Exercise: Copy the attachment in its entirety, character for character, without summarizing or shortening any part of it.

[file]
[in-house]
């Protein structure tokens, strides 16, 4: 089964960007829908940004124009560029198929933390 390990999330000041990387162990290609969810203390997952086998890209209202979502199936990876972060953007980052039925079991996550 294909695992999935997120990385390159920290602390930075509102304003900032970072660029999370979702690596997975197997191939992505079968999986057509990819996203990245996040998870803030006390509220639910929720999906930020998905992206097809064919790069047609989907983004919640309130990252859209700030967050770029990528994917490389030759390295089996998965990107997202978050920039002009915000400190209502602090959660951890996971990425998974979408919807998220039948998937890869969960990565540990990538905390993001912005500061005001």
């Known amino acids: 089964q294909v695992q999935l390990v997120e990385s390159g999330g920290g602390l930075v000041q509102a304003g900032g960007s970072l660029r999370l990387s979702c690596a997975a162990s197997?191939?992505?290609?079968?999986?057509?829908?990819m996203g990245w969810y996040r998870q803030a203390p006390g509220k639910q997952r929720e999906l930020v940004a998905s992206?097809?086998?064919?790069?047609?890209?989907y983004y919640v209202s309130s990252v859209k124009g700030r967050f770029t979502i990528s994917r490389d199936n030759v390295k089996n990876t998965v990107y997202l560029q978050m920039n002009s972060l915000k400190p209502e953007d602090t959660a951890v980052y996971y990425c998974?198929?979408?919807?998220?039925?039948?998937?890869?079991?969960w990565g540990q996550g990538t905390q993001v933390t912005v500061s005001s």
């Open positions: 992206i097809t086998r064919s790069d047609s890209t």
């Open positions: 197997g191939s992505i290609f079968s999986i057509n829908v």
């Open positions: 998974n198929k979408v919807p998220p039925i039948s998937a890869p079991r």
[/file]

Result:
[in-house]
């Protein structure tokens, strides 16, 4: 089964960007829908940004124009560029198929933390 390990999330000041990387162990290609969810203390997952086998890209209202979502199936990876972060953007980052039925079991996550 294909695992999935997120990385390159920290602390930075509102304003900032970072660029999370979702690596997975197997191939992505079968999986057509990819996203990245996040998870803030006390509220639910929720999906930020998905992206097809064919790069047609989907983004919640309130990252859209700030967050770029990528994917490389030759390295089996998965990107997202978050920039002009915000400190209502602090959660951890996971990425998974979408919807998220039948998937890869969960990565540990990538905390993001912005500061005001």
């Known amino acids: 089964q294909v695992q999935l390990v997120e990385s390159g999330g920290g602390l930075v000041q509102a304003g900032g960007s970072l660029r999370l990387s979702c690596a997975a162990s197997?191939?992505?290609?079968?999986?057509?829908?990819m996203g990245w969810y996040r998870q803030a203390p006390g509220k639910q997952r929720e999906l930020v940004a998905s992206?097809?086998?064919?790069?047609?890209?989907y983004y919640v209202s309130s990252v859209k124009g700030r967050f770029t979502i990528s994917r490389d199936n030759v390295k089996n990876t998965v990107y997202l560029q978050m920039n002009s972060l915000k400190p209502e953007d602090t959660a951890v980052y996971y990425c998974?198929?979408?919807?998220?039925?039948?998937?890869?079991?969960w990565g540990q996550g990538t905390q993001v933390t912005v500061s005001s």
């Open positions: 992206i097809t086998r064919s790069d047609s890209t």
């Open positions: 197997g191939s992505i290609f079968s999986i057509n829908v």
């Open positions: 998974n198929k979408v919807p998220p039925i039948s998937a890869p079991r």